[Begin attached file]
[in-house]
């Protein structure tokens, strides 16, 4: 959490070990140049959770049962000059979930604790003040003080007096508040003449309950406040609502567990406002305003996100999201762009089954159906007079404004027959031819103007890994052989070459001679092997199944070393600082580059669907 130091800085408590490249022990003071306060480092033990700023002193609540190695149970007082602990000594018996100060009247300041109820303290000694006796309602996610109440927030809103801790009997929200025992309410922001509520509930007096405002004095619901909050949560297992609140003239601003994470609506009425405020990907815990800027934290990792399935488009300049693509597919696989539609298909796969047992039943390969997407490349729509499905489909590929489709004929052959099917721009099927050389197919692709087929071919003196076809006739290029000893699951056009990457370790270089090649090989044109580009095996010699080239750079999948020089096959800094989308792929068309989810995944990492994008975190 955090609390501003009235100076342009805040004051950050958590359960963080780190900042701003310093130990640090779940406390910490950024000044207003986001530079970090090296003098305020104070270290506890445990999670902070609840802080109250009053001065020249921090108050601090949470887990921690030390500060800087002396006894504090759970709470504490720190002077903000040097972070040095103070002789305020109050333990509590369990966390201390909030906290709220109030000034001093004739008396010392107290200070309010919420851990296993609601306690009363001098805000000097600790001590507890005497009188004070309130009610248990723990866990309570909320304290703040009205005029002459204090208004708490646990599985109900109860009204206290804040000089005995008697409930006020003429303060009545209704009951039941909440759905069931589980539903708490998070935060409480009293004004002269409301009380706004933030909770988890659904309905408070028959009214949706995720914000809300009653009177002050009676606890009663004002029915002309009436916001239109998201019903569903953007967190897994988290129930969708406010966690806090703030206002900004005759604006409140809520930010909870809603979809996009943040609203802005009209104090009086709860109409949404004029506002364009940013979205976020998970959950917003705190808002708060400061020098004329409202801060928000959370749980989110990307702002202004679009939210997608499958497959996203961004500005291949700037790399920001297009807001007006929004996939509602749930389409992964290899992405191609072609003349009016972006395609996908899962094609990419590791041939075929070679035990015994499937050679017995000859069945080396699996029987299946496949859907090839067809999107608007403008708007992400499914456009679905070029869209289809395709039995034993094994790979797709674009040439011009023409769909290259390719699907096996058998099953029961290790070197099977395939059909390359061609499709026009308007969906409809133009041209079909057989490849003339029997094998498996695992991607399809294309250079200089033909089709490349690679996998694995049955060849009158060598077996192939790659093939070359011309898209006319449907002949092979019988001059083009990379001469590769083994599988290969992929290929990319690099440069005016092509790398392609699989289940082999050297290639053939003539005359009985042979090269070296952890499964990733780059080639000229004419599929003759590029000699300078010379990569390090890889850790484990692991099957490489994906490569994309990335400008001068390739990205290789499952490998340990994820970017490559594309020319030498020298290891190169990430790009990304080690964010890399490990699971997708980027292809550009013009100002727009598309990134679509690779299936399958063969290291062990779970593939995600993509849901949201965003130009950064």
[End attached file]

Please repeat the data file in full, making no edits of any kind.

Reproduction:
[in-house]
């Protein structure tokens, strides 16, 4: 959490070990140049959770049962000059979930604790003040003080007096508040003449309950406040609502567990406002305003996100999201762009089954159906007079404004027959031819103007890994052989070459001679092997199944070393600082580059669907 130091800085408590490249022990003071306060480092033990700023002193609540190695149970007082602990000594018996100060009247300041109820303290000694006796309602996610109440927030809103801790009997929200025992309410922001509520509930007096405002004095619901909050949560297992609140003239601003994470609506009425405020990907815990800027934290990792399935488009300049693509597919696989539609298909796969047992039943390969997407490349729509499905489909590929489709004929052959099917721009099927050389197919692709087929071919003196076809006739290029000893699951056009990457370790270089090649090989044109580009095996010699080239750079999948020089096959800094989308792929068309989810995944990492994008975190 955090609390501003009235100076342009805040004051950050958590359960963080780190900042701003310093130990640090779940406390910490950024000044207003986001530079970090090296003098305020104070270290506890445990999670902070609840802080109250009053001065020249921090108050601090949470887990921690030390500060800087002396006894504090759970709470504490720190002077903000040097972070040095103070002789305020109050333990509590369990966390201390909030906290709220109030000034001093004739008396010392107290200070309010919420851990296993609601306690009363001098805000000097600790001590507890005497009188004070309130009610248990723990866990309570909320304290703040009205005029002459204090208004708490646990599985109900109860009204206290804040000089005995008697409930006020003429303060009545209704009951039941909440759905069931589980539903708490998070935060409480009293004004002269409301009380706004933030909770988890659904309905408070028959009214949706995720914000809300009653009177002050009676606890009663004002029915002309009436916001239109998201019903569903953007967190897994988290129930969708406010966690806090703030206002900004005759604006409140809520930010909870809603979809996009943040609203802005009209104090009086709860109409949404004029506002364009940013979205976020998970959950917003705190808002708060400061020098004329409202801060928000959370749980989110990307702002202004679009939210997608499958497959996203961004500005291949700037790399920001297009807001007006929004996939509602749930389409992964290899992405191609072609003349009016972006395609996908899962094609990419590791041939075929070679035990015994499937050679017995000859069945080396699996029987299946496949859907090839067809999107608007403008708007992400499914456009679905070029869209289809395709039995034993094994790979797709674009040439011009023409769909290259390719699907096996058998099953029961290790070197099977395939059909390359061609499709026009308007969906409809133009041209079909057989490849003339029997094998498996695992991607399809294309250079200089033909089709490349690679996998694995049955060849009158060598077996192939790659093939070359011309898209006319449907002949092979019988001059083009990379001469590769083994599988290969992929290929990319690099440069005016092509790398392609699989289940082999050297290639053939003539005359009985042979090269070296952890499964990733780059080639000229004419599929003759590029000699300078010379990569390090890889850790484990692991099957490489994906490569994309990335400008001068390739990205290789499952490998340990994820970017490559594309020319030498020298290891190169990430790009990304080690964010890399490990699971997708980027292809550009013009100002727009598309990134679509690779299936399958063969290291062990779970593939995600993509849901949201965003130009950064």